In the late 1950s, Robert Ryan became involved in a low-budget film at the request of the project’s star and producer, Harry Belafonte. On the surface, Odds Against Tomorrow was a simple crime drama gone wrong; slightly deeper, the picture was permeated with a complex dose of racial hostility. Financed by Belafonte’s short-lived Harbel Productions, Odds Against Tomorrow largest asset was an intelligent script by John O. Killens that implicated each of the characters, bringing every individual weakness into full view.

Ryan stars as Earle Slater, an embittered ex-convict looking for a big heist that will finally settle him into a life of ease. Dave Burke (Ed Begley) interests Slater in a “can’t loose” bank robbery, and together with Jazz vibesman Johnny Ingram (Belafonte), they head into upstate New York to complete their nefarious plan. Each of the losers suffers from desperate economic conditions and failing romantic relationships that lure them reluctantly into the task. Unsurprisingly, although numerous problems develop in the course of the noir-ish tale, it is fundamentally Slater’s inherent racism that unravels the deal.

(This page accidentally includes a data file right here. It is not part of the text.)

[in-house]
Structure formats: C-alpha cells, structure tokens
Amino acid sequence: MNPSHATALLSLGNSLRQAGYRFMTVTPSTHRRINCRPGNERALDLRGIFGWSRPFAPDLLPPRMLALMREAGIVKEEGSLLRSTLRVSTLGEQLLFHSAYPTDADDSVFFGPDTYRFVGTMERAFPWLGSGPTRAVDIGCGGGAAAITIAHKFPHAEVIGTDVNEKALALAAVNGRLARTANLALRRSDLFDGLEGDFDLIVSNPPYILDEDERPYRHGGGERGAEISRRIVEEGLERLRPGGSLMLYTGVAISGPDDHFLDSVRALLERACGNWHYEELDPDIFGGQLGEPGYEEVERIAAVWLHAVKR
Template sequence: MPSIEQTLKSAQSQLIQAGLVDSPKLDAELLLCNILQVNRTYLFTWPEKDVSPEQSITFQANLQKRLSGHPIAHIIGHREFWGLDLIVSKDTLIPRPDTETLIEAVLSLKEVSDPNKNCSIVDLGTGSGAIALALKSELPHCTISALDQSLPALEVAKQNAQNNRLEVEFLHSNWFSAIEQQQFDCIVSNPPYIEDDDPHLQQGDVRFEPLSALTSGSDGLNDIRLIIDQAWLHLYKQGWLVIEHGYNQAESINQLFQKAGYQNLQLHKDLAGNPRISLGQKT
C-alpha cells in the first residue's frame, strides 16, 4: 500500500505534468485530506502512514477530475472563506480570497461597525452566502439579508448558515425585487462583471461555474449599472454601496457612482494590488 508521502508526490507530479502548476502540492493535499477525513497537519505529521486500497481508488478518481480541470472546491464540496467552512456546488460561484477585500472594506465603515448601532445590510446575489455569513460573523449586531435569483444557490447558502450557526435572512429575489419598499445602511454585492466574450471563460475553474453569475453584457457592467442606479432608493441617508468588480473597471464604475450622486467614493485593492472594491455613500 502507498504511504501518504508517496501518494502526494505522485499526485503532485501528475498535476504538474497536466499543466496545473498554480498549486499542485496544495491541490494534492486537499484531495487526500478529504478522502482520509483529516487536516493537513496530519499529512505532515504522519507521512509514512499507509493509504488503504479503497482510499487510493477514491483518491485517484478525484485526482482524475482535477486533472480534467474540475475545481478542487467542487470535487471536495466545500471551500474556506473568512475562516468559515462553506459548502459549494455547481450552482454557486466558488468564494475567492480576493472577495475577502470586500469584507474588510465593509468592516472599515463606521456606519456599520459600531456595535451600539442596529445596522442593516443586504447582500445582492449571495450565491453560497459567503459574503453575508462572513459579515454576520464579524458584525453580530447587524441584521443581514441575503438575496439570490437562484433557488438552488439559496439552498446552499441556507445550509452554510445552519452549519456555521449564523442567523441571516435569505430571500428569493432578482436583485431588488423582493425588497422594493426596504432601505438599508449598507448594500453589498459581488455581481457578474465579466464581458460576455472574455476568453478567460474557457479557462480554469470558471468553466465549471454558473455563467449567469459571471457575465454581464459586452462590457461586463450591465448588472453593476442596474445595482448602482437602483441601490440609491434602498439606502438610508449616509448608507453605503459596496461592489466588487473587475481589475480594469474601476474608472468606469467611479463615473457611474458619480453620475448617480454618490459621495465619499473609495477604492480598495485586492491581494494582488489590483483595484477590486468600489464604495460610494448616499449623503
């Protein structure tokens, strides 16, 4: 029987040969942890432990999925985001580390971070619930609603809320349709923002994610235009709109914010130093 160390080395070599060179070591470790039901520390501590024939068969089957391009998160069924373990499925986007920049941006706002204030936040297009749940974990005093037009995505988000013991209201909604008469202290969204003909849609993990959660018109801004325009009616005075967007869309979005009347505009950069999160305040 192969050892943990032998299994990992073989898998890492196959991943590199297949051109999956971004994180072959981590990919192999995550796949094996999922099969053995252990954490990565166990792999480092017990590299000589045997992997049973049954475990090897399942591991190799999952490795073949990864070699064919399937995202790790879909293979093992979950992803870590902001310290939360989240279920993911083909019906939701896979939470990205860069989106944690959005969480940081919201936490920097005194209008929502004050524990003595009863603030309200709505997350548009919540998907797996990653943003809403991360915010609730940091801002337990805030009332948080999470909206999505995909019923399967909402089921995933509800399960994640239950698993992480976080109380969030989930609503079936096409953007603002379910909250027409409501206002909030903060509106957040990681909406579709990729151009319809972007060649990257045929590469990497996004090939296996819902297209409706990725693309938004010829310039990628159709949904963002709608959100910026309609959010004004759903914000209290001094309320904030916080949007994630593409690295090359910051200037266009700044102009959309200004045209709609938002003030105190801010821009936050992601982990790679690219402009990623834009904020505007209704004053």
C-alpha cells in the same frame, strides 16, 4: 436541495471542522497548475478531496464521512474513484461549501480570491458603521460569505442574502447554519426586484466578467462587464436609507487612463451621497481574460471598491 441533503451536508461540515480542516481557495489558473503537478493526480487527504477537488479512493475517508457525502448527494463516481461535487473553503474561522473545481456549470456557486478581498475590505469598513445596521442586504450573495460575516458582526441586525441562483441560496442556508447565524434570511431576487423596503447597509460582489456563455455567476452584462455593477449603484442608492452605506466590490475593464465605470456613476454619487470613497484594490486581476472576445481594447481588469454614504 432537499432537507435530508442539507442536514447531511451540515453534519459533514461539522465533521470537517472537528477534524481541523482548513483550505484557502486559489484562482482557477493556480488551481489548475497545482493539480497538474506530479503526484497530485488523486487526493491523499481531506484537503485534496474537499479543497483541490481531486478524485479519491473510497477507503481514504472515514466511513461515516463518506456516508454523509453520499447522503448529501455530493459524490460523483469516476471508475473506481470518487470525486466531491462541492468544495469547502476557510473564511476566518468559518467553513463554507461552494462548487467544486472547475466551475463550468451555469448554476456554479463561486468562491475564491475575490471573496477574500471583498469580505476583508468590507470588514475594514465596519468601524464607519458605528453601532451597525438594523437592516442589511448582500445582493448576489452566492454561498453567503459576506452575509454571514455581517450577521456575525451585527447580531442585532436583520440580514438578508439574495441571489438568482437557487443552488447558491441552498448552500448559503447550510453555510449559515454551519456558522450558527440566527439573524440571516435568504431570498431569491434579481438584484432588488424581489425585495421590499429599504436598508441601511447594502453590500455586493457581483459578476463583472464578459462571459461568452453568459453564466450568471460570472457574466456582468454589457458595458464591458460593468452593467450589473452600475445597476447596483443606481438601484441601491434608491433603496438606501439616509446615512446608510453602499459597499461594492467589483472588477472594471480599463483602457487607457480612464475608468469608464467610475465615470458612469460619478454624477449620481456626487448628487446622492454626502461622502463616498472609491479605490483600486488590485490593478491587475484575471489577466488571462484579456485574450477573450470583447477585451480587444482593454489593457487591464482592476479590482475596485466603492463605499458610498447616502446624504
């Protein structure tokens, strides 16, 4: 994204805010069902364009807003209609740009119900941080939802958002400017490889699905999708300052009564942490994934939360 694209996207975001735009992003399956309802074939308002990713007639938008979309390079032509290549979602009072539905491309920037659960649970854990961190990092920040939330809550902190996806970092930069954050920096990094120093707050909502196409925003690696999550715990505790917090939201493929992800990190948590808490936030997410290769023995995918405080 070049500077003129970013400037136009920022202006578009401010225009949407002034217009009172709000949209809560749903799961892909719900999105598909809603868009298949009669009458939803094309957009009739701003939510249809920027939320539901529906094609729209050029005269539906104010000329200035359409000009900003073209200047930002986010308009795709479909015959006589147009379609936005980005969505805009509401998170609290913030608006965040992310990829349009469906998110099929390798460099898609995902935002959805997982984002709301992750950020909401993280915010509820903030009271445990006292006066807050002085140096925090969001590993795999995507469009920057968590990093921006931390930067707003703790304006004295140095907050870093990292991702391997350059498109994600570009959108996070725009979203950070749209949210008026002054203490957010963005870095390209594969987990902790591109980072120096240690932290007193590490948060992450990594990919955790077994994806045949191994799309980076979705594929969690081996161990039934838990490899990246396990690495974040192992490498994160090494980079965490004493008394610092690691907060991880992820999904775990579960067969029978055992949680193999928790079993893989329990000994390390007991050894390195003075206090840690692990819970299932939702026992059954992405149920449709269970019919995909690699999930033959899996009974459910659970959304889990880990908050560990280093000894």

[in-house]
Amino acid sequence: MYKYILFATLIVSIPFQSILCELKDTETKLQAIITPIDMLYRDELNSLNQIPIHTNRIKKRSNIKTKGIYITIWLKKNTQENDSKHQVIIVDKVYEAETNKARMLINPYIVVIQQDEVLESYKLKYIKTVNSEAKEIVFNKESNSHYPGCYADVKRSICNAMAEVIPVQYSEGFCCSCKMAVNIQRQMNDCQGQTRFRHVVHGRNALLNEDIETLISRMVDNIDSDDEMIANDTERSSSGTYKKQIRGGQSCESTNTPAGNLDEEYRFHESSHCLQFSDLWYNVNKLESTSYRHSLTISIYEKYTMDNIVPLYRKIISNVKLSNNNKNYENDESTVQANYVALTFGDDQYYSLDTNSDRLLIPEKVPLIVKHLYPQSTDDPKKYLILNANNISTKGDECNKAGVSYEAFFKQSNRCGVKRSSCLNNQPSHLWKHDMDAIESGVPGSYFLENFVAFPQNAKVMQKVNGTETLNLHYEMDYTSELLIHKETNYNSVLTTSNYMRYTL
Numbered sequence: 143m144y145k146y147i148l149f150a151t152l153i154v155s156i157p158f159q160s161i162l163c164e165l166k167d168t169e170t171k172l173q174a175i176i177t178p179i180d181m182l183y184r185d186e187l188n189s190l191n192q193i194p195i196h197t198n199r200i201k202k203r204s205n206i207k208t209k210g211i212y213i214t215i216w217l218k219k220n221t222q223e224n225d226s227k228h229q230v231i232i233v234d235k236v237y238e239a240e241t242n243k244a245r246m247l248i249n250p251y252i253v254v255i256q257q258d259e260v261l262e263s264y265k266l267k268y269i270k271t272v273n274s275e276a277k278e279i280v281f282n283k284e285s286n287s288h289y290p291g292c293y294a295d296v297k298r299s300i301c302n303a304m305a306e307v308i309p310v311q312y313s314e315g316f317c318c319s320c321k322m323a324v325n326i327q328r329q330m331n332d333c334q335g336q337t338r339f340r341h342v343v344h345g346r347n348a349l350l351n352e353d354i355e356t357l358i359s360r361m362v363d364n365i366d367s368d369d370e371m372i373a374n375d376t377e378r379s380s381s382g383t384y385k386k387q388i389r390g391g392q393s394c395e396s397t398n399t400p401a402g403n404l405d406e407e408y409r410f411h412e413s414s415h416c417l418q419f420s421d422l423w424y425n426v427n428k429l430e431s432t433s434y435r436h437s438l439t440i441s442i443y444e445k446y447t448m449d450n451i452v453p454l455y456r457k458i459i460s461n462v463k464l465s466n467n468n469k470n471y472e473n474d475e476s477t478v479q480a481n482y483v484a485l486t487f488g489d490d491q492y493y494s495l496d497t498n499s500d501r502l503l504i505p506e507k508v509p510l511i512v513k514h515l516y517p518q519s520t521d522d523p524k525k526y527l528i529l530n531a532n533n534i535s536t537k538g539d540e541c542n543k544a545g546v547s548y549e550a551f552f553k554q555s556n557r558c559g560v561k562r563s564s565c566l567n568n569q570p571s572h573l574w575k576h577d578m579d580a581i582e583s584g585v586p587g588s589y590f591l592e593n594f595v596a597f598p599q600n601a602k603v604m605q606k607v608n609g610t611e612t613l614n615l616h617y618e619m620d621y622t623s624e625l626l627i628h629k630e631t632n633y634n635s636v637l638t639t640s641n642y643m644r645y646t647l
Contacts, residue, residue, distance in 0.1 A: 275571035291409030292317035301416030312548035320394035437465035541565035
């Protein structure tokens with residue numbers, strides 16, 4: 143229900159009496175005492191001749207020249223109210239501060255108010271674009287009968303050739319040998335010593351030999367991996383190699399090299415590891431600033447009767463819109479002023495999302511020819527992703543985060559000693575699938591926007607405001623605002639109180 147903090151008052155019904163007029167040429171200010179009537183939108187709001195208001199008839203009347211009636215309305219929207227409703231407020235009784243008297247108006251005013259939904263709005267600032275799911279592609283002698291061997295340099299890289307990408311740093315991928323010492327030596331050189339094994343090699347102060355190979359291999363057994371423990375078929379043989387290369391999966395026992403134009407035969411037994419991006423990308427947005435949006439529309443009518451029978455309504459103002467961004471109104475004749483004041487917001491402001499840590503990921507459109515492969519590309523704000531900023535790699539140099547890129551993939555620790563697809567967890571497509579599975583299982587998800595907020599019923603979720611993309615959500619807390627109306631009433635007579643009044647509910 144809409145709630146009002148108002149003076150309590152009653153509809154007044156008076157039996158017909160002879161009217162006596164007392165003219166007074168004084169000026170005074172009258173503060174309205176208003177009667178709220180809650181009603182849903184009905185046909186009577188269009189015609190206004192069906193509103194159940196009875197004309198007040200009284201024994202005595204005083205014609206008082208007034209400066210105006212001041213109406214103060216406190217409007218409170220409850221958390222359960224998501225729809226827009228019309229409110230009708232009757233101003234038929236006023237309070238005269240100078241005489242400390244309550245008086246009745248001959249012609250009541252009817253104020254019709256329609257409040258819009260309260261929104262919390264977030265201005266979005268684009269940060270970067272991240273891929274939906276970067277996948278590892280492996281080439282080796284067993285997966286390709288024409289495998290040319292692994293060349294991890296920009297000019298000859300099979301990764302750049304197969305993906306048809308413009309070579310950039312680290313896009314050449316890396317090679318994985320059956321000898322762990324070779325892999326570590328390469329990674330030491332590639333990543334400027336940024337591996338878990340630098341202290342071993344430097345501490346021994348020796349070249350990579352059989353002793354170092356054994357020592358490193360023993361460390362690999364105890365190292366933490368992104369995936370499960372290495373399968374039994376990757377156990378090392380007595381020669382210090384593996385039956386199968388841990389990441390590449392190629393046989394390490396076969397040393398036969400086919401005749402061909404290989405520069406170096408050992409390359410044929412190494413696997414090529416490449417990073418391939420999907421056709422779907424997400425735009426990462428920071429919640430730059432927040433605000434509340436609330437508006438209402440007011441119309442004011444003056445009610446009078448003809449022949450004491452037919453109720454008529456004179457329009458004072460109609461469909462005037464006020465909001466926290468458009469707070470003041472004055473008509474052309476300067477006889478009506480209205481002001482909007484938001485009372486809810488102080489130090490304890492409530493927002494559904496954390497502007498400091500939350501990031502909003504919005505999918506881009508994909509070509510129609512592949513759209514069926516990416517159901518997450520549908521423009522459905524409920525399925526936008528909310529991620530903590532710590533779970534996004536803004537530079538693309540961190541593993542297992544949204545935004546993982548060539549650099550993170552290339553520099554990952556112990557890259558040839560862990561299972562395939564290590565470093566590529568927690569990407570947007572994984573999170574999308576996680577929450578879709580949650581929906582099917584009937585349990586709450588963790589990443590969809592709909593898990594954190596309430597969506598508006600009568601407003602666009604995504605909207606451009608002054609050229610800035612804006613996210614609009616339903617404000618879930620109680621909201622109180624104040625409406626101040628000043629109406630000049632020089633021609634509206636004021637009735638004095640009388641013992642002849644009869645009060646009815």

Directed by Robert Wise (The Haunting, West Side Story), with an exceptional score by John Lewis of the Modern Jazz Quartet, Odds Against Tomorrow was well-received critically when it was initially released but the subject matter left the film largely unseen. Ryan was particularly satisfied with the movie, and whether he decided that this was his finest “hate” role or another equally tantalizing and unknown reason, he left the racist roles thereafter to other actors.

“Over the years, I’ve come to think that what my father did bring to the table was a kind of internal acting that we take for granted now,” surmised Walker Ryan. “He was, in a way, one of the first of the modern actors in terms of expressing the complexity, ambivalence and vulnerability of a character.” Robert Ryan had the range for any number of roles and occasionally the studios would allow these other aspects of his abilities to surface (such as Fred Astaire comedy The Sky’s the Limit) or producers would see through his reputation and cast him against type (as in the 1970s made-for-television The Front Page). Yet he returned, again and again, inevitably to the heavy. Perhaps fortunately, as Cheyney Ryan explains, “It seems that history remembers these sorts of roles better than many others.”